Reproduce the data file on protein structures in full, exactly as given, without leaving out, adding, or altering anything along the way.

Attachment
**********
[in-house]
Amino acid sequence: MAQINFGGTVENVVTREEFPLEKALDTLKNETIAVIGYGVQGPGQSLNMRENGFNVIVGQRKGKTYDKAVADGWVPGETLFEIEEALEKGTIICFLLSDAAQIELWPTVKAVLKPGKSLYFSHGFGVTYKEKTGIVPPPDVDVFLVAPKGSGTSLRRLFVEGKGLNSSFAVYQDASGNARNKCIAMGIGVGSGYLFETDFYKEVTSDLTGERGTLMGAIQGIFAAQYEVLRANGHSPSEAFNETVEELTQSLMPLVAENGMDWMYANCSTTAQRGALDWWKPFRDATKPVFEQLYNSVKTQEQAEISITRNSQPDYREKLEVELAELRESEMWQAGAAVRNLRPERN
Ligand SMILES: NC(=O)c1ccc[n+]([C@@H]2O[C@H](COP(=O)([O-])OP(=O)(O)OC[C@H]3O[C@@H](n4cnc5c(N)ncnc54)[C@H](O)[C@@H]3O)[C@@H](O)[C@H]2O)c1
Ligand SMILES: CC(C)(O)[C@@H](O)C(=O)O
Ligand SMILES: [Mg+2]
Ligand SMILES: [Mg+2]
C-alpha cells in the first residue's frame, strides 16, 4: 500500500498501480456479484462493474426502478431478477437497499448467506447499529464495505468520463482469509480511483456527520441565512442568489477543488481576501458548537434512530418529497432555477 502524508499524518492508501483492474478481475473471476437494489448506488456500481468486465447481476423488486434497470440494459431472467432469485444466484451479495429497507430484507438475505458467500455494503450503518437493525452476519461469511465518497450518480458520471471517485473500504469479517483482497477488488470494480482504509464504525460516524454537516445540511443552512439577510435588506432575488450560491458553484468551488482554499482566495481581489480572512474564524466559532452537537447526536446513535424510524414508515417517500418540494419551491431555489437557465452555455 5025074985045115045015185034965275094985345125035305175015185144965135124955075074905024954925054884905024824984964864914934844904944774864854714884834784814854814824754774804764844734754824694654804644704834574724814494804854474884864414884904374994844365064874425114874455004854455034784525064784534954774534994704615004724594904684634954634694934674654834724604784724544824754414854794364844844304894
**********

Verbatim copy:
[in-house]
Amino acid sequence: MAQINFGGTVENVVTREEFPLEKALDTLKNETIAVIGYGVQGPGQSLNMRENGFNVIVGQRKGKTYDKAVADGWVPGETLFEIEEALEKGTIICFLLSDAAQIELWPTVKAVLKPGKSLYFSHGFGVTYKEKTGIVPPPDVDVFLVAPKGSGTSLRRLFVEGKGLNSSFAVYQDASGNARNKCIAMGIGVGSGYLFETDFYKEVTSDLTGERGTLMGAIQGIFAAQYEVLRANGHSPSEAFNETVEELTQSLMPLVAENGMDWMYANCSTTAQRGALDWWKPFRDATKPVFEQLYNSVKTQEQAEISITRNSQPDYREKLEVELAELRESEMWQAGAAVRNLRPERN
Ligand SMILES: NC(=O)c1ccc[n+]([C@@H]2O[C@H](COP(=O)([O-])OP(=O)(O)OC[C@H]3O[C@@H](n4cnc5c(N)ncnc54)[C@H](O)[C@@H]3O)[C@@H](O)[C@H]2O)c1
Ligand SMILES: CC(C)(O)[C@@H](O)C(=O)O
Ligand SMILES: [Mg+2]
Ligand SMILES: [Mg+2]
C-alpha cells in the first residue's frame, strides 16, 4: 500500500498501480456479484462493474426502478431478477437497499448467506447499529464495505468520463482469509480511483456527520441565512442568489477543488481576501458548537434512530418529497432555477 502524508499524518492508501483492474478481475473471476437494489448506488456500481468486465447481476423488486434497470440494459431472467432469485444466484451479495429497507430484507438475505458467500455494503450503518437493525452476519461469511465518497450518480458520471471517485473500504469479517483482497477488488470494480482504509464504525460516524454537516445540511443552512439577510435588506432575488450560491458553484468551488482554499482566495481581489480572512474564524466559532452537537447526536446513535424510524414508515417517500418540494419551491431555489437557465452555455 5025074985045115045015185034965275094985345125035305175015185144965135124955075074905024954925054884905024824984964864914934844904944774864854714884834784814854814824754774804764844734754824694654804644704834574724814494804854474884864414884904374994844365064874425114874455004854455034784525064784534954774534994704615004724594904684634954634694934674654834724604784724544824754414854794364844844304894